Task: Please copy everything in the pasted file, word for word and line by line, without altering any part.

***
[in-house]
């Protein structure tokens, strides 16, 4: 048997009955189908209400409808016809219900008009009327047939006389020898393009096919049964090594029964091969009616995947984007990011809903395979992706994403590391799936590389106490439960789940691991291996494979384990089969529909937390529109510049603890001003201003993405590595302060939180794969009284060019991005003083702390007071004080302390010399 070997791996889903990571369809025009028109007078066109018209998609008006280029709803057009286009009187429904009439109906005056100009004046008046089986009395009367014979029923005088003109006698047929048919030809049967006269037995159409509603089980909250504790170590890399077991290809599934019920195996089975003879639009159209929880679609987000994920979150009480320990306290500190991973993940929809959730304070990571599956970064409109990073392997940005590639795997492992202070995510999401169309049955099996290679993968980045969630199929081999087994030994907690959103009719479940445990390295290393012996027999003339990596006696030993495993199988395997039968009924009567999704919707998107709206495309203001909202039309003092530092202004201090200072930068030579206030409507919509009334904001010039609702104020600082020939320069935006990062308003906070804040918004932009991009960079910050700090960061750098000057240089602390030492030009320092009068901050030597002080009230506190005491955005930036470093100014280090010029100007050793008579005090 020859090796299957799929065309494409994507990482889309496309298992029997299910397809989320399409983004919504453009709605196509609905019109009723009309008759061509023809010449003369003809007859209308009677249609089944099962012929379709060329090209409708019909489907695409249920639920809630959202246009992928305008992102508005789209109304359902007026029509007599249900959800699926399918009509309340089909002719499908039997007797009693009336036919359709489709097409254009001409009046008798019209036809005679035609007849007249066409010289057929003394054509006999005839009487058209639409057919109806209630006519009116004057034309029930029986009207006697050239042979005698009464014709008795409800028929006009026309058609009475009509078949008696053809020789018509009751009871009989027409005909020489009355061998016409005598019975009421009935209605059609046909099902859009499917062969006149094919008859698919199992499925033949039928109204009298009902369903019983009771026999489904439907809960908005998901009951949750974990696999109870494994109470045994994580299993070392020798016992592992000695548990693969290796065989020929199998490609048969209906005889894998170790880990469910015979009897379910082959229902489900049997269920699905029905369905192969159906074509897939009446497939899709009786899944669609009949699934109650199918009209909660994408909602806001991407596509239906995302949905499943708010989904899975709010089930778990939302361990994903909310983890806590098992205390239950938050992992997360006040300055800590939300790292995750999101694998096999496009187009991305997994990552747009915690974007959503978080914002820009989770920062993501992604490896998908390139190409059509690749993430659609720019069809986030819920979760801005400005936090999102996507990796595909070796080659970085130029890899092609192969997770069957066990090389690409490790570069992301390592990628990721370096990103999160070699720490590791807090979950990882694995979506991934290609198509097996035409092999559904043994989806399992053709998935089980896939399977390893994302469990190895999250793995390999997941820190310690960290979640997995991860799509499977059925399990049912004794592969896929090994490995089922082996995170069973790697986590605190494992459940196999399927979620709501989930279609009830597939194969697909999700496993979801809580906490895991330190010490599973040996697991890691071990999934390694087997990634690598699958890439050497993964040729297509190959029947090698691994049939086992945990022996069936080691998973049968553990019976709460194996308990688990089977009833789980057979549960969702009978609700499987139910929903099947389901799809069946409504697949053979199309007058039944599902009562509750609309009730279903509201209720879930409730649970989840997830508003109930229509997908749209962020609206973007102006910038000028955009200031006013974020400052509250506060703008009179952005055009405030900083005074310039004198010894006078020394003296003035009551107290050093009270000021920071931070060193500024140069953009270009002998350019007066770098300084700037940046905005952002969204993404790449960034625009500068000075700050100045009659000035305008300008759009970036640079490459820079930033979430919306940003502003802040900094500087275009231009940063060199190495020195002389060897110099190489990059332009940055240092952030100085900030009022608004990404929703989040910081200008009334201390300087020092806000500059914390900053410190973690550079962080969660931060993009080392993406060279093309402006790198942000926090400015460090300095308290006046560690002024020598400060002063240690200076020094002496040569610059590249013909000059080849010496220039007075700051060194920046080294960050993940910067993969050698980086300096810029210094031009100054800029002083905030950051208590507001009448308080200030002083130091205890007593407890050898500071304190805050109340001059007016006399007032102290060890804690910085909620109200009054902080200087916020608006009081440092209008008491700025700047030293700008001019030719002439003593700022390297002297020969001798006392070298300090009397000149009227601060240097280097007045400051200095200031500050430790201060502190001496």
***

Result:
[in-house]
């Protein structure tokens, strides 16, 4: 048997009955189908209400409808016809219900008009009327047939006389020898393009096919049964090594029964091969009616995947984007990011809903395979992706994403590391799936590389106490439960789940691991291996494979384990089969529909937390529109510049603890001003201003993405590595302060939180794969009284060019991005003083702390007071004080302390010399 070997791996889903990571369809025009028109007078066109018209998609008006280029709803057009286009009187429904009439109906005056100009004046008046089986009395009367014979029923005088003109006698047929048919030809049967006269037995159409509603089980909250504790170590890399077991290809599934019920195996089975003879639009159209929880679609987000994920979150009480320990306290500190991973993940929809959730304070990571599956970064409109990073392997940005590639795997492992202070995510999401169309049955099996290679993968980045969630199929081999087994030994907690959103009719479940445990390295290393012996027999003339990596006696030993495993199988395997039968009924009567999704919707998107709206495309203001909202039309003092530092202004201090200072930068030579206030409507919509009334904001010039609702104020600082020939320069935006990062308003906070804040918004932009991009960079910050700090960061750098000057240089602390030492030009320092009068901050030597002080009230506190005491955005930036470093100014280090010029100007050793008579005090 020859090796299957799929065309494409994507990482889309496309298992029997299910397809989320399409983004919504453009709605196509609905019109009723009309008759061509023809010449003369003809007859209308009677249609089944099962012929379709060329090209409708019909489907695409249920639920809630959202246009992928305008992102508005789209109304359902007026029509007599249900959800699926399918009509309340089909002719499908039997007797009693009336036919359709489709097409254009001409009046008798019209036809005679035609007849007249066409010289057929003394054509006999005839009487058209639409057919109806209630006519009116004057034309029930029986009207006697050239042979005698009464014709008795409800028929006009026309058609009475009509078949008696053809020789018509009751009871009989027409005909020489009355061998016409005598019975009421009935209605059609046909099902859009499917062969006149094919008859698919199992499925033949039928109204009298009902369903019983009771026999489904439907809960908005998901009951949750974990696999109870494994109470045994994580299993070392020798016992592992000695548990693969290796065989020929199998490609048969209906005889894998170790880990469910015979009897379910082959229902489900049997269920699905029905369905192969159906074509897939009446497939899709009786899944669609009949699934109650199918009209909660994408909602806001991407596509239906995302949905499943708010989904899975709010089930778990939302361990994903909310983890806590098992205390239950938050992992997360006040300055800590939300790292995750999101694998096999496009187009991305997994990552747009915690974007959503978080914002820009989770920062993501992604490896998908390139190409059509690749993430659609720019069809986030819920979760801005400005936090999102996507990796595909070796080659970085130029890899092609192969997770069957066990090389690409490790570069992301390592990628990721370096990103999160070699720490590791807090979950990882694995979506991934290609198509097996035409092999559904043994989806399992053709998935089980896939399977390893994302469990190895999250793995390999997941820190310690960290979640997995991860799509499977059925399990049912004794592969896929090994490995089922082996995170069973790697986590605190494992459940196999399927979620709501989930279609009830597939194969697909999700496993979801809580906490895991330190010490599973040996697991890691071990999934390694087997990634690598699958890439050497993964040729297509190959029947090698691994049939086992945990022996069936080691998973049968553990019976709460194996308990688990089977009833789980057979549960969702009978609700499987139910929903099947389901799809069946409504697949053979199309007058039944599902009562509750609309009730279903509201209720879930409730649970989840997830508003109930229509997908749209962020609206973007102006910038000028955009200031006013974020400052509250506060703008009179952005055009405030900083005074310039004198010894006078020394003296003035009551107290050093009270000021920071931070060193500024140069953009270009002998350019007066770098300084700037940046905005952002969204993404790449960034625009500068000075700050100045009659000035305008300008759009970036640079490459820079930033979430919306940003502003802040900094500087275009231009940063060199190495020195002389060897110099190489990059332009940055240092952030100085900030009022608004990404929703989040910081200008009334201390300087020092806000500059914390900053410190973690550079962080969660931060993009080392993406060279093309402006790198942000926090400015460090300095308290006046560690002024020598400060002063240690200076020094002496040569610059590249013909000059080849010496220039007075700051060194920046080294960050993940910067993969050698980086300096810029210094031009100054800029002083905030950051208590507001009448308080200030002083130091205890007593407890050898500071304190805050109340001059007016006399007032102290060890804690910085909620109200009054902080200087916020608006009081440092209008008491700025700047030293700008001019030719002439003593700022390297002297020969001798006392070298300090009397000149009227601060240097280097007045400051200095200031500050430790201060502190001496």